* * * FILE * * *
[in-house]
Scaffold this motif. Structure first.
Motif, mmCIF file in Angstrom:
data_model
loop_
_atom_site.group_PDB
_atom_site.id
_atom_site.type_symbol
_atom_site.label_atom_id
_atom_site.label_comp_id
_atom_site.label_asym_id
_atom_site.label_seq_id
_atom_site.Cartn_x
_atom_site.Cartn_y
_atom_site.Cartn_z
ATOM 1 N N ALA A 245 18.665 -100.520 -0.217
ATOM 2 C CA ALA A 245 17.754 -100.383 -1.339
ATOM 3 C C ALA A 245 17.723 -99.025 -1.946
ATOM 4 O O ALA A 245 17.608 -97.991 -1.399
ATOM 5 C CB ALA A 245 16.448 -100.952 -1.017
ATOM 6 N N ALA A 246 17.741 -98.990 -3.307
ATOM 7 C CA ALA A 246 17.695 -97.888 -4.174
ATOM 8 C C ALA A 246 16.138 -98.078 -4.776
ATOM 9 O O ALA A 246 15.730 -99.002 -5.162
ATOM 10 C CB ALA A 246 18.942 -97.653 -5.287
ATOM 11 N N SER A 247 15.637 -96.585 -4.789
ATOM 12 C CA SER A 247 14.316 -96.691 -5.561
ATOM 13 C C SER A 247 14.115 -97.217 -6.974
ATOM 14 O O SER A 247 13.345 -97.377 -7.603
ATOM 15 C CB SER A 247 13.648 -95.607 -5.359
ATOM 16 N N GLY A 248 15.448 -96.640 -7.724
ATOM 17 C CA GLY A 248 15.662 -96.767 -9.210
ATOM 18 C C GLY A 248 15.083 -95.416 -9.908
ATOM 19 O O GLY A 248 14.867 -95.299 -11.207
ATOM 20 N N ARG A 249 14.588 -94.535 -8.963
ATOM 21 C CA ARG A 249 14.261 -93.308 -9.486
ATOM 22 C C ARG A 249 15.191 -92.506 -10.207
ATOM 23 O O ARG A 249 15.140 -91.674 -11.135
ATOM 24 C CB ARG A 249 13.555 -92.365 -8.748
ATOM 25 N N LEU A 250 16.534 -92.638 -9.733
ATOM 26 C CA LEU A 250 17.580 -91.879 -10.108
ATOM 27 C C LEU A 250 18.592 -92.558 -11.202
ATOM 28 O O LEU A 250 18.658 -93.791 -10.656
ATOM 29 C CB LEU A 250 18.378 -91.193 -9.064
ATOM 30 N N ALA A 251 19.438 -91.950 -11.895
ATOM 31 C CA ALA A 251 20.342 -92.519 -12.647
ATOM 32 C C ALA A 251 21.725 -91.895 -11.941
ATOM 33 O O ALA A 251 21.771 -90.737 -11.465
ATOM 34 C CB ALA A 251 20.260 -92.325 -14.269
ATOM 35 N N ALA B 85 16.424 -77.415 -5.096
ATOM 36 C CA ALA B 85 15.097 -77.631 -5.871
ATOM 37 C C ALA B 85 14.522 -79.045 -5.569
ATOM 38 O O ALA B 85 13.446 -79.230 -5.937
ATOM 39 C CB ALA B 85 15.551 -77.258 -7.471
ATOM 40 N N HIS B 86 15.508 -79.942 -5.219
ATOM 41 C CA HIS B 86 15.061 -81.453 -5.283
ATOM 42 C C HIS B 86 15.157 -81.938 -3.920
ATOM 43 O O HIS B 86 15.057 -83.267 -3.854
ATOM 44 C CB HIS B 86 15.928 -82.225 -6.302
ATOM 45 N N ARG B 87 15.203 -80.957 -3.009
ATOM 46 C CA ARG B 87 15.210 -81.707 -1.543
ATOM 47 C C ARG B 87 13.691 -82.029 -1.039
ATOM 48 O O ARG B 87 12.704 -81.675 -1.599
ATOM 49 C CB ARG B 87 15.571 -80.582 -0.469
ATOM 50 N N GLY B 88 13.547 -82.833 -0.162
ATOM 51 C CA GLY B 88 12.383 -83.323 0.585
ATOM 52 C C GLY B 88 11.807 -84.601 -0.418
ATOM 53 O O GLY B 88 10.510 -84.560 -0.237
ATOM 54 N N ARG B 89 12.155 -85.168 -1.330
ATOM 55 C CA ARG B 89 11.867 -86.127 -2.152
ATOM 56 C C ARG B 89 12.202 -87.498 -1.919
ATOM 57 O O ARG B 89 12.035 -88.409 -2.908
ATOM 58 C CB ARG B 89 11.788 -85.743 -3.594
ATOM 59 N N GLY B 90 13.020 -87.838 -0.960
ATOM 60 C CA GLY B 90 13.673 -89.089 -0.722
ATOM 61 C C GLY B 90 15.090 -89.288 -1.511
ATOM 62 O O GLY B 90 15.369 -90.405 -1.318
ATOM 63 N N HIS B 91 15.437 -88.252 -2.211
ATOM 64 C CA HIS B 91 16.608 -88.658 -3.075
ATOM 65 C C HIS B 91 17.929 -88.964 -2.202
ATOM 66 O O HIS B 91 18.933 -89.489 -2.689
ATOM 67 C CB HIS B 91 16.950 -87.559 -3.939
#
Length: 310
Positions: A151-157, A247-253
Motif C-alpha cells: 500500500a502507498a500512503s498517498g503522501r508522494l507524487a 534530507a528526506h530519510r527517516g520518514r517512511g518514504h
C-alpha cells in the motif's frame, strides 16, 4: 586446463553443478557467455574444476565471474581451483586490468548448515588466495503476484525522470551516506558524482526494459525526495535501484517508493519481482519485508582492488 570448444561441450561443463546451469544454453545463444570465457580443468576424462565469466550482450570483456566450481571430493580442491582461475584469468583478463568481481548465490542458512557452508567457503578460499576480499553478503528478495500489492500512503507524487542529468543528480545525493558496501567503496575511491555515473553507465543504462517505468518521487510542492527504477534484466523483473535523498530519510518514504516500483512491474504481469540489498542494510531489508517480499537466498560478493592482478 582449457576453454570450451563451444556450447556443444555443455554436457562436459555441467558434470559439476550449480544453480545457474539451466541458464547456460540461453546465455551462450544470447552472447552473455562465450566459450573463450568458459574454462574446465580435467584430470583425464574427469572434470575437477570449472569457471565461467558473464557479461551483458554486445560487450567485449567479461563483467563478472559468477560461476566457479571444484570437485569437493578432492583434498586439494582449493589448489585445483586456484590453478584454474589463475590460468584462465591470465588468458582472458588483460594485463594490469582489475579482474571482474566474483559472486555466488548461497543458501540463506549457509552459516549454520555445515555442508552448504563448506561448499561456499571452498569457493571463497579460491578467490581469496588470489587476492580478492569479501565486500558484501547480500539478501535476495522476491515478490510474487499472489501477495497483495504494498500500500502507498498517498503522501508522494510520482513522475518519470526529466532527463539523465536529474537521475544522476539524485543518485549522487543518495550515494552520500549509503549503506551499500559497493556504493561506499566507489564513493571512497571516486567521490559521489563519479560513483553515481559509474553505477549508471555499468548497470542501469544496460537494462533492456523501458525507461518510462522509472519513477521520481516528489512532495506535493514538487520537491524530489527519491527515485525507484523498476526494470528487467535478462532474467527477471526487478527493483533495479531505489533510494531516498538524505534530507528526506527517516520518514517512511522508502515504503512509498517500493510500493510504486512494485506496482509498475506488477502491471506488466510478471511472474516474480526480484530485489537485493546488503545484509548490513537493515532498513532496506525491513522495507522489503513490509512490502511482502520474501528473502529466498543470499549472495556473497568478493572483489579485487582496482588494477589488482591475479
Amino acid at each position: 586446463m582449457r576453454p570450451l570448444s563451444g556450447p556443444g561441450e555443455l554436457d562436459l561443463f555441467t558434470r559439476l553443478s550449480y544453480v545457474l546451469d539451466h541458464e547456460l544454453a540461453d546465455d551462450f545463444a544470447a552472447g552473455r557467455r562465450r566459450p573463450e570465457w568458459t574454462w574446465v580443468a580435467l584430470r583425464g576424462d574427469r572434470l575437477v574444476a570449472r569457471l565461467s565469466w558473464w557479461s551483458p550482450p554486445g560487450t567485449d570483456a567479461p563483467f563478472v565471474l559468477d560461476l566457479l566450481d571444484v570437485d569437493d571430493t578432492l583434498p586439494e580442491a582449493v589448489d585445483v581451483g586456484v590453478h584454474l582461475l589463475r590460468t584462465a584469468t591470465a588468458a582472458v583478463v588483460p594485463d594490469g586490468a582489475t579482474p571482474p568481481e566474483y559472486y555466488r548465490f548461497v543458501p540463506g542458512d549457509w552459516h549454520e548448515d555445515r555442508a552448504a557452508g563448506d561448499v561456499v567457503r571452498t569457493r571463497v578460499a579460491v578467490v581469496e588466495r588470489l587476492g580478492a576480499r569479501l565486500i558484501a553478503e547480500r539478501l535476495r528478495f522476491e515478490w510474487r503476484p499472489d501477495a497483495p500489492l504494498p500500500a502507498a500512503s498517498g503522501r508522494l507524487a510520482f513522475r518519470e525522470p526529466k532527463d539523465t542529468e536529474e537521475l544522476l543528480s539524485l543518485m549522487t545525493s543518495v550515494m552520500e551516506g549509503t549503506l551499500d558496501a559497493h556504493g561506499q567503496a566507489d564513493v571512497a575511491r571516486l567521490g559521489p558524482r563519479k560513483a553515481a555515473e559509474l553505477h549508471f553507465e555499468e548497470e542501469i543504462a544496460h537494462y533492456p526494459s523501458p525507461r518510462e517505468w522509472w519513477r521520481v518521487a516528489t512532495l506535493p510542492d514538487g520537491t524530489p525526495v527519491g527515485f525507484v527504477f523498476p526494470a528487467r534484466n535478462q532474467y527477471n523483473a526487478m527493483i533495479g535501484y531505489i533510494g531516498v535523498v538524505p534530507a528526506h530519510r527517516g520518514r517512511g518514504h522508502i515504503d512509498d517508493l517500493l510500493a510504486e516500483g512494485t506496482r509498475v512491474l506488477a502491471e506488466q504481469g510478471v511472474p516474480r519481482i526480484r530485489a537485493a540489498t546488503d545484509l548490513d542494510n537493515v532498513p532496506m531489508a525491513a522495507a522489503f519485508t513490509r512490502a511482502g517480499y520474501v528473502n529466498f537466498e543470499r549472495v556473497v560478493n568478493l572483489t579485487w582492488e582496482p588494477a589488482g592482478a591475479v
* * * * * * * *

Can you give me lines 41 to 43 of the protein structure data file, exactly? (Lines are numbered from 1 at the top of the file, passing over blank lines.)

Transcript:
ATOM 26 C CA LEU A 250 17.580 -91.879 -10.108
ATOM 27 C C LEU A 250 18.592 -92.558 -11.202
ATOM 28 O O LEU A 250 18.658 -93.791 -10.656